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For the last two decades, Cambodians and human rights activists scoured the country for photos, documents and artifacts to document the genocidal reign of the Khmer Rouge during the 1970s.

All of that information was used as evidence at tribunals meant to bring perpetrators to justice.

Khmer Rouge members and survivors live today as neighbors. The tribunals are winding down. And a small group of Cambodians at the Documentation Center of Cambodia is working with faculty at the University of Wyoming to turn hundreds of thousands of pieces of evidence into a means of both remembrance and reconciliation.

They call it the Museum of Memory.

The building, modeled after the U.S. Holocaust Memorial Museum, will be constructed in the capital, Phnom Penh.

Isadora Helfgott, an assistant professor in the UW Department of History, and Nicole Crawford, curator of collections at the University of Wyoming Art Museum, have the technical expertise to help the Cambodians create their museum.

“(They) have the extraordinary weight of a complicated history and a more complicated present,” Helfgott said. “They want to do justice to, not only the victims, but the survivors. But, they also understand that a lot of the people in the Khmer Rouge continue to be part of Cambodian society. So, they are, in fits and starts, trying to move past (the genocide).”

The Khmer Rouge ruled Cambodia from 1975 to 1979. During the Communist group's reign, about 1.7 million people died, according to some estimates.

Organizers working to build a museum have close connections to that period in the nation’s history, Helfgott said. They have managed to place their personal accounts in the context of the rest of the country’s history.

The University of Wyoming College of Law has been helping the Documentation Center collect information for the last half decade. As the center's mission moved from legal support to archiving, Helfgott and Crawford stepped in to help.

During a June trip to Cambodia, Helfgott and Crawford will help teach workers how to conserve objects, how to decide what should be included, how to plan exhibits and how the story will be told.

“They are personally motivated, and the job they have has national implications as well,” Helfgott said.

The nation is ready for the project, Helfgott added. Phnom Penh has seen a remarkable amount of modernization in the last two decades. Residents enjoy modern technology and transportation. The museum will be a bridge to the country’s past. The workers are raising money now, and they are a substantial way to their goal, Helfgott said.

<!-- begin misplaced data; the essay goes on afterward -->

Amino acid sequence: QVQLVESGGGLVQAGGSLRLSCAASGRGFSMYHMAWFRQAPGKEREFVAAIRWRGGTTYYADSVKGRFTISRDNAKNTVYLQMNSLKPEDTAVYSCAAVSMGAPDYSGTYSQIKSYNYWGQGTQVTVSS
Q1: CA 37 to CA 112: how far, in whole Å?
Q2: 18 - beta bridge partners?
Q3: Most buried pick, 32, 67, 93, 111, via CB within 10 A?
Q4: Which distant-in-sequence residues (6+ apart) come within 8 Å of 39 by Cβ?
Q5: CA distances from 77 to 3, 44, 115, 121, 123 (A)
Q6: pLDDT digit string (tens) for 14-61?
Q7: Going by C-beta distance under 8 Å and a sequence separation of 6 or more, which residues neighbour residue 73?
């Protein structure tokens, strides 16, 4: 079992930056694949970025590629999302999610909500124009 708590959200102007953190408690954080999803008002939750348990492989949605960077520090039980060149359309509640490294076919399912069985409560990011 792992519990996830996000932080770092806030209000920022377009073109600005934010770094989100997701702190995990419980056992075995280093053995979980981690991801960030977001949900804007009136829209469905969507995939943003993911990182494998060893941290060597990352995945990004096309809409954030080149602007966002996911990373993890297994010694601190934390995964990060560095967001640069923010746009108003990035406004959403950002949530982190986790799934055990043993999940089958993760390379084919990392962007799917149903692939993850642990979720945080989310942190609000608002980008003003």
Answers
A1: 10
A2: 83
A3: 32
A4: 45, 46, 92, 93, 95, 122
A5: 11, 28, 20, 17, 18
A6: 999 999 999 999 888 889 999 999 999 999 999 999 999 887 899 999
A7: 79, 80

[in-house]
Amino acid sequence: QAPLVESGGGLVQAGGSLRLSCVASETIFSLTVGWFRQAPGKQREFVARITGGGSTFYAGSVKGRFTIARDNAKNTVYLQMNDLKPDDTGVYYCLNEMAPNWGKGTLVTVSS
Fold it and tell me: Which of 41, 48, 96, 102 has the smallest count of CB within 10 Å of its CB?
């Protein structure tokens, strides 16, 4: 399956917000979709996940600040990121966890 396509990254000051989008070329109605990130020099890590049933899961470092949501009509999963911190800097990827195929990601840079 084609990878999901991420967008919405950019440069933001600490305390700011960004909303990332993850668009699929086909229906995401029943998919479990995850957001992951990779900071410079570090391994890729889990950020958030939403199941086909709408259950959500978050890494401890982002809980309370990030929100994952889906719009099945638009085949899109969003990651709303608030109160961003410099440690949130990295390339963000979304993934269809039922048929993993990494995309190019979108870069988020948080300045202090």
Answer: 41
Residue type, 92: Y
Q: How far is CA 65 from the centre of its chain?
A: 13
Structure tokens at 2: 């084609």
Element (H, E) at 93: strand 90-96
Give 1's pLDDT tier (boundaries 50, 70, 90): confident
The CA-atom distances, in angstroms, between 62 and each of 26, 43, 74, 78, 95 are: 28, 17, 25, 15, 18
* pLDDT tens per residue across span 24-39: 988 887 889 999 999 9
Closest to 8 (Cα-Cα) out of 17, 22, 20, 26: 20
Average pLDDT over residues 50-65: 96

Right now, the group has limited space and technology for using modern archival practices, but the exhibits on display in nearby provinces are impressive, Helfgott said.

One exhibit explores the lives of people forced from their homes in the city into work camps in rural villages. Another is a contemporary art exhibit containing pieces that respond to the genocide. A third exhibit is on display at the U.S. Holocaust Memorial Museum.

Helfgott and Crawford’s work with the Cambodian group earned them the University of Wyoming’s Award for Faculty Achievement in Internationalization. They are going to be presenting their work at Oxford University this summer.

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Helfgott and Crawford said their involvement with the project wouldn’t be possible without the university’s recent shift toward encouraging collaboration between different departments.

“That means our sets of expertise can meld together,” Helfgott said. “In the old days of university, you wouldn’t be able to do this. You’d be stuck in your own academic unit.”

Students will also benefit. A visiting scholar will introduce students to the Museum of Memory. In January, they will visit Cambodia.

Students will study artifacts looted from ancient temples, learn about Cold War history, discover Buddhist and Hindu art and participate in hands-on museum studies lessons with the Cambodian group.

“The genocide is living history. It’s not something that’s over,” Helfgott said. “It’s one thing to read books and histories of what happened, but to talk to (people) about their family history … the students are going to learn so much.”


More information about the Museum of Memory is available at

Follow reporter Tom Dixon on Twitter @DixonTrib.


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